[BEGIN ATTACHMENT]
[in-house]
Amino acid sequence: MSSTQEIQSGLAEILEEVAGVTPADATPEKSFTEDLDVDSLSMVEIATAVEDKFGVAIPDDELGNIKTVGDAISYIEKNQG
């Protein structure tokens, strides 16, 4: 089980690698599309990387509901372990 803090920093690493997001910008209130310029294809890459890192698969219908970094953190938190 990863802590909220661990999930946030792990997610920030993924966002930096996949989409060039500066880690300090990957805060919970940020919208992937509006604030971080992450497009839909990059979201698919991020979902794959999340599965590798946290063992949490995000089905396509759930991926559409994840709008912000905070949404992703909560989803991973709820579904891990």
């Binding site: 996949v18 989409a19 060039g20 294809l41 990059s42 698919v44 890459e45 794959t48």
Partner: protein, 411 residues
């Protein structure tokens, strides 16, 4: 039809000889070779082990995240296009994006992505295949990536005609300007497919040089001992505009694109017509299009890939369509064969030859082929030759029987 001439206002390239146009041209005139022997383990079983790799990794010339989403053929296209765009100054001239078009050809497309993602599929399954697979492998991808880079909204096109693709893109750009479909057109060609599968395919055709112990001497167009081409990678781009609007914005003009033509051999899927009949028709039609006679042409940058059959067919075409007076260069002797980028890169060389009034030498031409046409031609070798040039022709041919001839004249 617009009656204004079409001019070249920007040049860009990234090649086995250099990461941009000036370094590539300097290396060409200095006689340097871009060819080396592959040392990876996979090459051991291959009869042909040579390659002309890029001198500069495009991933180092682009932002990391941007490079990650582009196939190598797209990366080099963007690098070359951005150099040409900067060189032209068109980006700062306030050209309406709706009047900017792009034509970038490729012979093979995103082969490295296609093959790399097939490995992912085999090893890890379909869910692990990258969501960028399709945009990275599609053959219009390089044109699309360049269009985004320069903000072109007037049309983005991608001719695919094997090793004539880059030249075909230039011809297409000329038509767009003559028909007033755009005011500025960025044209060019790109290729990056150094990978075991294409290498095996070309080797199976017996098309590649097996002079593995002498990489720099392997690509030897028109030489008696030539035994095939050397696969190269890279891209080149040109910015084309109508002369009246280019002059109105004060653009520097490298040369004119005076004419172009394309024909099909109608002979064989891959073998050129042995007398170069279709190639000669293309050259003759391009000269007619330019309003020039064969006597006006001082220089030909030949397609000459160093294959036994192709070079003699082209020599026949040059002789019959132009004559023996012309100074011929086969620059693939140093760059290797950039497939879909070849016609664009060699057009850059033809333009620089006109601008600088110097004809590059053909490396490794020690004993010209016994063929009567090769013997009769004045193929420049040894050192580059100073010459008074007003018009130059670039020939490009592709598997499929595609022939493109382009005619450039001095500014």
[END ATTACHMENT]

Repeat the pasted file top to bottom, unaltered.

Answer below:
[in-house]
Amino acid sequence: MSSTQEIQSGLAEILEEVAGVTPADATPEKSFTEDLDVDSLSMVEIATAVEDKFGVAIPDDELGNIKTVGDAISYIEKNQG
């Protein structure tokens, strides 16, 4: 089980690698599309990387509901372990 803090920093690493997001910008209130310029294809890459890192698969219908970094953190938190 990863802590909220661990999930946030792990997610920030993924966002930096996949989409060039500066880690300090990957805060919970940020919208992937509006604030971080992450497009839909990059979201698919991020979902794959999340599965590798946290063992949490995000089905396509759930991926559409994840709008912000905070949404992703909560989803991973709820579904891990």
């Binding site: 996949v18 989409a19 060039g20 294809l41 990059s42 698919v44 890459e45 794959t48």
Partner: protein, 411 residues
């Protein structure tokens, strides 16, 4: 039809000889070779082990995240296009994006992505295949990536005609300007497919040089001992505009694109017509299009890939369509064969030859082929030759029987 001439206002390239146009041209005139022997383990079983790799990794010339989403053929296209765009100054001239078009050809497309993602599929399954697979492998991808880079909204096109693709893109750009479909057109060609599968395919055709112990001497167009081409990678781009609007914005003009033509051999899927009949028709039609006679042409940058059959067919075409007076260069002797980028890169060389009034030498031409046409031609070798040039022709041919001839004249 617009009656204004079409001019070249920007040049860009990234090649086995250099990461941009000036370094590539300097290396060409200095006689340097871009060819080396592959040392990876996979090459051991291959009869042909040579390659002309890029001198500069495009991933180092682009932002990391941007490079990650582009196939190598797209990366080099963007690098070359951005150099040409900067060189032209068109980006700062306030050209309406709706009047900017792009034509970038490729012979093979995103082969490295296609093959790399097939490995992912085999090893890890379909869910692990990258969501960028399709945009990275599609053959219009390089044109699309360049269009985004320069903000072109007037049309983005991608001719695919094997090793004539880059030249075909230039011809297409000329038509767009003559028909007033755009005011500025960025044209060019790109290729990056150094990978075991294409290498095996070309080797199976017996098309590649097996002079593995002498990489720099392997690509030897028109030489008696030539035994095939050397696969190269890279891209080149040109910015084309109508002369009246280019002059109105004060653009520097490298040369004119005076004419172009394309024909099909109608002979064989891959073998050129042995007398170069279709190639000669293309050259003759391009000269007619330019309003020039064969006597006006001082220089030909030949397609000459160093294959036994192709070079003699082209020599026949040059002789019959132009004559023996012309100074011929086969620059693939140093760059290797950039497939879909070849016609664009060699057009850059033809333009620089006109601008600088110097004809590059053909490396490794020690004993010209016994063929009567090769013997009769004045193929420049040894050192580059100073010459008074007003018009130059670039020939490009592709598997499929595609022939493109382009005619450039001095500014």